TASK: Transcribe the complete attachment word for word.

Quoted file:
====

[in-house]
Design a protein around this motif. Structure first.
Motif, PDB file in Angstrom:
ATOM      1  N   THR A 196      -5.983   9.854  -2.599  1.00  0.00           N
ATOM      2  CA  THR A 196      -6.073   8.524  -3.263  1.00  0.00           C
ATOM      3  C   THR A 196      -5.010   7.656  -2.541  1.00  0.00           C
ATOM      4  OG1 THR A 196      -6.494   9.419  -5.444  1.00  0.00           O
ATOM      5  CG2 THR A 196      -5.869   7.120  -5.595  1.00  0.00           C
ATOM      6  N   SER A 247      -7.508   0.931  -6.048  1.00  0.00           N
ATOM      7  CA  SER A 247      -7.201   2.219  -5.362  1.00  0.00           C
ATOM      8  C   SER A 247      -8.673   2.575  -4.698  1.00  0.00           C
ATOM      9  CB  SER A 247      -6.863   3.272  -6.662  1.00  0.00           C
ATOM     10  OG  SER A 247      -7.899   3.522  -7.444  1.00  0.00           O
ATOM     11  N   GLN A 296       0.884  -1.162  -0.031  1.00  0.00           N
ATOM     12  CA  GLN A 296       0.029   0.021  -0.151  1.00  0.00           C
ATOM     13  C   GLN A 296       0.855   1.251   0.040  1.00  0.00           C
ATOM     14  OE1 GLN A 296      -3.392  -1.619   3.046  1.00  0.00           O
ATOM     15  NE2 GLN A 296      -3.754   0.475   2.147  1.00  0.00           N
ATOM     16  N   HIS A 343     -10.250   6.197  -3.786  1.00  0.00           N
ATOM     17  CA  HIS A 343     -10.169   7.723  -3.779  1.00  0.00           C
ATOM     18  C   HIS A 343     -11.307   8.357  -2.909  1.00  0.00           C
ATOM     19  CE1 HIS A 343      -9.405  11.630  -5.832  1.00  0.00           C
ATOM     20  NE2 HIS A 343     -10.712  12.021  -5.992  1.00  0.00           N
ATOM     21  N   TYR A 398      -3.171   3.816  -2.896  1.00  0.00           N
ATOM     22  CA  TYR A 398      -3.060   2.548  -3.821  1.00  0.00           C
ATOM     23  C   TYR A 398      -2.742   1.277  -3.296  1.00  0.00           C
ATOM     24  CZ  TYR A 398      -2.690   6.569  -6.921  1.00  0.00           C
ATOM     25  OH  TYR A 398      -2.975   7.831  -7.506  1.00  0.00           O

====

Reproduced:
[in-house]
Design a protein around this motif. Structure first.
Motif, PDB file in Angstrom:
ATOM      1  N   THR A 196      -5.983   9.854  -2.599  1.00  0.00           N
ATOM      2  CA  THR A 196      -6.073   8.524  -3.263  1.00  0.00           C
ATOM      3  C   THR A 196      -5.010   7.656  -2.541  1.00  0.00           C
ATOM      4  OG1 THR A 196      -6.494   9.419  -5.444  1.00  0.00           O
ATOM      5  CG2 THR A 196      -5.869   7.120  -5.595  1.00  0.00           C
ATOM      6  N   SER A 247      -7.508   0.931  -6.048  1.00  0.00           N
ATOM      7  CA  SER A 247      -7.201   2.219  -5.362  1.00  0.00           C
ATOM      8  C   SER A 247      -8.673   2.575  -4.698  1.00  0.00           C
ATOM      9  CB  SER A 247      -6.863   3.272  -6.662  1.00  0.00           C
ATOM     10  OG  SER A 247      -7.899   3.522  -7.444  1.00  0.00           O
ATOM     11  N   GLN A 296       0.884  -1.162  -0.031  1.00  0.00           N
ATOM     12  CA  GLN A 296       0.029   0.021  -0.151  1.00  0.00           C
ATOM     13  C   GLN A 296       0.855   1.251   0.040  1.00  0.00           C
ATOM     14  OE1 GLN A 296      -3.392  -1.619   3.046  1.00  0.00           O
ATOM     15  NE2 GLN A 296      -3.754   0.475   2.147  1.00  0.00           N
ATOM     16  N   HIS A 343     -10.250   6.197  -3.786  1.00  0.00           N
ATOM     17  CA  HIS A 343     -10.169   7.723  -3.779  1.00  0.00           C
ATOM     18  C   HIS A 343     -11.307   8.357  -2.909  1.00  0.00           C
ATOM     19  CE1 HIS A 343      -9.405  11.630  -5.832  1.00  0.00           C
ATOM     20  NE2 HIS A 343     -10.712  12.021  -5.992  1.00  0.00           N
ATOM     21  N   TYR A 398      -3.171   3.816  -2.896  1.00  0.00           N
ATOM     22  CA  TYR A 398      -3.060   2.548  -3.821  1.00  0.00           C
ATOM     23  C   TYR A 398      -2.742   1.277  -3.296  1.00  0.00           C
ATOM     24  CZ  TYR A 398      -2.690   6.569  -6.921  1.00  0.00           C
ATOM     25  OH  TYR A 398      -2.975   7.831  -7.506  1.00  0.00           O